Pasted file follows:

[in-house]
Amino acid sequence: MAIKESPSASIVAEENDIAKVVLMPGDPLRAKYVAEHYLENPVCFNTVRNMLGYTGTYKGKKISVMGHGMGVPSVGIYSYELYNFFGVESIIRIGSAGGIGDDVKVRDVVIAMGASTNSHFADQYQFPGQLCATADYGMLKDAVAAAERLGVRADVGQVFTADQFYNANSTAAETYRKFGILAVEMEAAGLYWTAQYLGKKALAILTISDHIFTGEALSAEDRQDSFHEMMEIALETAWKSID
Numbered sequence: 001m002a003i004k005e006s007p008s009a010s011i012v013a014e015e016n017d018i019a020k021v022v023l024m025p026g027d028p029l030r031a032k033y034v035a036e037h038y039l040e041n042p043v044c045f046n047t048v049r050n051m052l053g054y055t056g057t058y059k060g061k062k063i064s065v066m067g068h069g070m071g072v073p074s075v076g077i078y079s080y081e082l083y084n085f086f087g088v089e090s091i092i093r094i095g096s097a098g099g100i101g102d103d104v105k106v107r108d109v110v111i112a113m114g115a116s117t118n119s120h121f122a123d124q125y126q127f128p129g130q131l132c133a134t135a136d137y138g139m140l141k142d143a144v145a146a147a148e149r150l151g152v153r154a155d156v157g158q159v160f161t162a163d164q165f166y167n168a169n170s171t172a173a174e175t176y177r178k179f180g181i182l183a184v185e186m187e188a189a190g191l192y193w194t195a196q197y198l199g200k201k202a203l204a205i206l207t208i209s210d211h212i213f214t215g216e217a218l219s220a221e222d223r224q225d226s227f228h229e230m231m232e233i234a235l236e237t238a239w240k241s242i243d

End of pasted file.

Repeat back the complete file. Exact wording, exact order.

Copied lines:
[in-house]
Amino acid sequence: MAIKESPSASIVAEENDIAKVVLMPGDPLRAKYVAEHYLENPVCFNTVRNMLGYTGTYKGKKISVMGHGMGVPSVGIYSYELYNFFGVESIIRIGSAGGIGDDVKVRDVVIAMGASTNSHFADQYQFPGQLCATADYGMLKDAVAAAERLGVRADVGQVFTADQFYNANSTAAETYRKFGILAVEMEAAGLYWTAQYLGKKALAILTISDHIFTGEALSAEDRQDSFHEMMEIALETAWKSID
Numbered sequence: 001m002a003i004k005e006s007p008s009a010s011i012v013a014e015e016n017d018i019a020k021v022v023l024m025p026g027d028p029l030r031a032k033y034v035a036e037h038y039l040e041n042p043v044c045f046n047t048v049r050n051m052l053g054y055t056g057t058y059k060g061k062k063i064s065v066m067g068h069g070m071g072v073p074s075v076g077i078y079s080y081e082l083y084n085f086f087g088v089e090s091i092i093r094i095g096s097a098g099g100i101g102d103d104v105k106v107r108d109v110v111i112a113m114g115a116s117t118n119s120h121f122a123d124q125y126q127f128p129g130q131l132c133a134t135a136d137y138g139m140l141k142d143a144v145a146a147a148e149r150l151g152v153r154a155d156v157g158q159v160f161t162a163d164q165f166y167n168a169n170s171t172a173a174e175t176y177r178k179f180g181i182l183a184v185e186m187e188a189a190g191l192y193w194t195a196q197y198l199g200k201k202a203l204a205i206l207t208i209s210d211h212i213f214t215g216e217a218l219s220a221e222d223r224q225d226s227f228h229e230m231m232e233i234a235l236e237t238a239w240k241s242i243d